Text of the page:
A photo-certificate from Wanda de Gubriant dated Paris, 12 September 1987 accompanies this drawing. This drawing is archive number I102.
The present drawing depicts a woman named Monique Bourgeois whom Matisse met in Vence in 1942. Bourgeois was in Vence to finish her nursing studies and took care of him during one of his illnesses soon after they became acquainted. They met again in Vence at the end of 1943. Matisse had fled there from Nice, which was under the threat of evacuation; Bourgeois had returned to Vence to receive treatment for tuberculosis. She became a valued member of the small community, dividing her time between the rest home there and spending time with the town children. She would often visit Matisse, and in admiration of her features, Matisse asked her to pose for him. Her likeness can be found in paintings such as L'idole, La jeune fille la robe verte et des oranges, and Le tabac royal, as well as in drawings such as the present work.
As Louis Aragon recounted, "Then one day Monique B. came to tell her great friend Matisse, before anyone else, that she was taking the veil She became Sister Jacques-Marie" (L. Aragon, op. cit., p. 183). She joined the order of the Dominican nuns, who had nursed her in the convalescent home. As Sister Jacques-Marie, she was instrumental to Matisse being chosen to create the decorative scheme for the Chapel of the Rosary in Vence, and also in the realization of the project.
Mademoiselle Monique B. is a captivating portrait of this young woman. Her serene, oval-shaped face looks out at an oblique angle and her arms and the pleats of the blouse create a series of curves that contrasts with the striped background. Of portraiture Matisse said, "My modelsare the principal theme in my work. I depend entirely on my model, whom I observe at liberty, and then I decide on the pose which best suits her nature. When I take on a new model, I intuit the pose that will best suit her from her unself-conscious attitudes of repose, and then I become slave of that pose. My plastic signs probably express their souls, which interests me subconsciously, or what else is there? Their forms are not always perfect, but they are always expressive. The emotional interest aroused in me by them does not appear particularly in the representation of their bodies, but often rather in the lines or the special values distributed over the whole canvas or paper, which form its complete orchestration, its architecture" (quoted in J. Flam, Henri Matisse: A Retrospective, New York, 1988, p. 328).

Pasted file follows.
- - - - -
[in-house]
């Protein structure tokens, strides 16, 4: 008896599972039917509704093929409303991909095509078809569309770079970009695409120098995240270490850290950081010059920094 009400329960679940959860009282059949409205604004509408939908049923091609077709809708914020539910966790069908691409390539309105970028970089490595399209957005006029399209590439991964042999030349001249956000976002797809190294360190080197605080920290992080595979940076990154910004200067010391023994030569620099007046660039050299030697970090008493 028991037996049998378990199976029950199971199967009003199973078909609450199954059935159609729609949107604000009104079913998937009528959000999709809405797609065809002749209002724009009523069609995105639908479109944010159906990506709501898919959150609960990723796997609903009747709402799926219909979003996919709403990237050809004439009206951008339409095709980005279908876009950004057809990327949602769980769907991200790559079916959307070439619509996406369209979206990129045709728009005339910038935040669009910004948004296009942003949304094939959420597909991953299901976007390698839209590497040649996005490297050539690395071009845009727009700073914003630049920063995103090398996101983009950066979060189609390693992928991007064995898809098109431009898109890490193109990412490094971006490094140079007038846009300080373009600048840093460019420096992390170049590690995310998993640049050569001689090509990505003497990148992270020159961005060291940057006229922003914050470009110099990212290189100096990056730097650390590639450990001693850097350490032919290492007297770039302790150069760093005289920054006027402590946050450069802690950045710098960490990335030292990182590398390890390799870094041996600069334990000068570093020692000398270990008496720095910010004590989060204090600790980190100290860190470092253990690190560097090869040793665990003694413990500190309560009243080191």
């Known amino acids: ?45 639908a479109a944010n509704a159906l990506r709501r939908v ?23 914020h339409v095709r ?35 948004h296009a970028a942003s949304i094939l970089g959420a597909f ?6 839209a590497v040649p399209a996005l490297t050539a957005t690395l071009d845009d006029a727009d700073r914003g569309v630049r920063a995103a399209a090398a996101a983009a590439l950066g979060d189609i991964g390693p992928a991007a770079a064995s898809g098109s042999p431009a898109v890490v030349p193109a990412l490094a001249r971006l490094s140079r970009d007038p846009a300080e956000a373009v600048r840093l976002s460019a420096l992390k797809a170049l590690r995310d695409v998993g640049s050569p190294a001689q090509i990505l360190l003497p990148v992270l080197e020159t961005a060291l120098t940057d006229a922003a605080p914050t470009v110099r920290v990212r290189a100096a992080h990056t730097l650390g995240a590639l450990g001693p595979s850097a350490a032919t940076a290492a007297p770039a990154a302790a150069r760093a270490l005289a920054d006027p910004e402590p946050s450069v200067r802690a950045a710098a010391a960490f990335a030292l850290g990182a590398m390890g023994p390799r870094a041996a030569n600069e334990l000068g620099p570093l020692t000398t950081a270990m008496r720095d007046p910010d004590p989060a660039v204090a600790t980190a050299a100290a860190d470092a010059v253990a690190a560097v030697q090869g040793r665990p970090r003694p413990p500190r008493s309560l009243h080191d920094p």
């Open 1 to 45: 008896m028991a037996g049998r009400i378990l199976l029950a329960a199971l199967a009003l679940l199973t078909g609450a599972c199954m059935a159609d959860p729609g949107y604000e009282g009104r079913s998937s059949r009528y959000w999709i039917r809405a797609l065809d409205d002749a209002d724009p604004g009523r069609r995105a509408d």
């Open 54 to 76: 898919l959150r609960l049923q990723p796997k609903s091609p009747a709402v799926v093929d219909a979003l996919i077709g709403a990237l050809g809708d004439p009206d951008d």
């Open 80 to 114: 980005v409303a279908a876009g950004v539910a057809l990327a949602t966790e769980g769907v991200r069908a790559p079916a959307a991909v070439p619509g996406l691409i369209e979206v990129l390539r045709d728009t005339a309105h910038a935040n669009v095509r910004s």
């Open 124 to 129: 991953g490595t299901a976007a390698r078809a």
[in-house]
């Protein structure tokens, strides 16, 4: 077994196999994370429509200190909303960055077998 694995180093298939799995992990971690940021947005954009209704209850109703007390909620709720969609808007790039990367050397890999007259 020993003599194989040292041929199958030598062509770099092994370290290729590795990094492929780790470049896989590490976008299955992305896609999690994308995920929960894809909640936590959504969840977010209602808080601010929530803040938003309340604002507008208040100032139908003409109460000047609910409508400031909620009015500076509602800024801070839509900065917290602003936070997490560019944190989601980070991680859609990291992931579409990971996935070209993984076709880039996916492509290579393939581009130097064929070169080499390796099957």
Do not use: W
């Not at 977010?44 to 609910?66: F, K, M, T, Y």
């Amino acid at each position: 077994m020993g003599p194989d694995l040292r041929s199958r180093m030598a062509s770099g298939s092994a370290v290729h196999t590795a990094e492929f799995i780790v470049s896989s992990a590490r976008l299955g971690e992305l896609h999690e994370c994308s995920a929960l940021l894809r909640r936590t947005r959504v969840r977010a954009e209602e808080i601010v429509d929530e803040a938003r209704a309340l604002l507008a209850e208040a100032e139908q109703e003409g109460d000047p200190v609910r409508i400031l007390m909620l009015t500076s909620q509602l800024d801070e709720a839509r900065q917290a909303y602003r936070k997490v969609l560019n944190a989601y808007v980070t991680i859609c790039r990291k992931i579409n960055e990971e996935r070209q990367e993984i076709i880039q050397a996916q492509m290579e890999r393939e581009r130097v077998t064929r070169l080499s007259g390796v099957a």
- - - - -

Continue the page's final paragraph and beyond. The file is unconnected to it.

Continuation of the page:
In this work, as in many of his drawings, Matisse combines sharp incisive lines with blended areas of shadow and tone. As Pierre Schneider has observed:
[His] other method was just as original--it was a way of combining the hand and the arrow -- but Matisse does not seem to have commented on it. It consisted in rubbing out or blurring a drawing done in charcoal or pencil, using a stump, rag, eraser, or even a thumb. Over the indistinct forms of the erased drawing, the artist then made a new sketch. Successive states were thus superimposed, one on top of the other, each one partly covering over the previous sketch. The blurred traces of the erased drawings were a kind of foundation, a soil in which new forms could be rooted and from which they could draw strength--before being replaced, in turn, by a new form or sign. (P. Schneider, Henri Matisse, London, 1984, pp. 578-579)